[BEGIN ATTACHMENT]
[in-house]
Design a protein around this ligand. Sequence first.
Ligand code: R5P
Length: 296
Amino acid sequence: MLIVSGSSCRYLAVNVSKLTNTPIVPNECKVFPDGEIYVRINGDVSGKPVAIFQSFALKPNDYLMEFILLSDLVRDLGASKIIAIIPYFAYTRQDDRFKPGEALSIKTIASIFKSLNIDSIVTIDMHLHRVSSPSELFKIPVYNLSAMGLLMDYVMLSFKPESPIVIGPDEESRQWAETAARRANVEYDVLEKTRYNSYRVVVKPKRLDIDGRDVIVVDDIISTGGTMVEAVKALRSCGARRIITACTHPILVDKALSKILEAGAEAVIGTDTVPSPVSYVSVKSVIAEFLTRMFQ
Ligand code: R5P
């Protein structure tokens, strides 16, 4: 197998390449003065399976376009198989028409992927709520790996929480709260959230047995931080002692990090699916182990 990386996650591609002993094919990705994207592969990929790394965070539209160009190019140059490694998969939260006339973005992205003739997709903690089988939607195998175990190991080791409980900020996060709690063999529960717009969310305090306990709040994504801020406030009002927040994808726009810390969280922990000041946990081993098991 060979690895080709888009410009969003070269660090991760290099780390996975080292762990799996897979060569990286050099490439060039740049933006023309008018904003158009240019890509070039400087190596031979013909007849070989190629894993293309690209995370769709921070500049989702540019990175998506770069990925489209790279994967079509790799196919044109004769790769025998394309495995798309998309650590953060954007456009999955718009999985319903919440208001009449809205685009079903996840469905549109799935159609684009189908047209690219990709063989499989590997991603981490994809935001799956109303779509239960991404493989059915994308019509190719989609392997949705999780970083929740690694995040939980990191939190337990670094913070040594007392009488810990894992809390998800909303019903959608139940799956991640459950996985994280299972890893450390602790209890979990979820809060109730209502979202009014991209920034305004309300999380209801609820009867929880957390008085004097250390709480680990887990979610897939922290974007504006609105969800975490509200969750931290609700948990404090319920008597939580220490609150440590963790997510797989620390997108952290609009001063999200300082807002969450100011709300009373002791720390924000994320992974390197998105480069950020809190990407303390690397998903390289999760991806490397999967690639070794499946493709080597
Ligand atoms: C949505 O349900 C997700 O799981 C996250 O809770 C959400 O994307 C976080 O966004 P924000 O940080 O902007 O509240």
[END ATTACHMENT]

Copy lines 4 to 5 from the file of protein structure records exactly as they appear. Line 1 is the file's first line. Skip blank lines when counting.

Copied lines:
Length: 296
Amino acid sequence: MLIVSGSSCRYLAVNVSKLTNTPIVPNECKVFPDGEIYVRINGDVSGKPVAIFQSFALKPNDYLMEFILLSDLVRDLGASKIIAIIPYFAYTRQDDRFKPGEALSIKTIASIFKSLNIDSIVTIDMHLHRVSSPSELFKIPVYNLSAMGLLMDYVMLSFKPESPIVIGPDEESRQWAETAARRANVEYDVLEKTRYNSYRVVVKPKRLDIDGRDVIVVDDIISTGGTMVEAVKALRSCGARRIITACTHPILVDKALSKILEAGAEAVIGTDTVPSPVSYVSVKSVIAEFLTRMFQ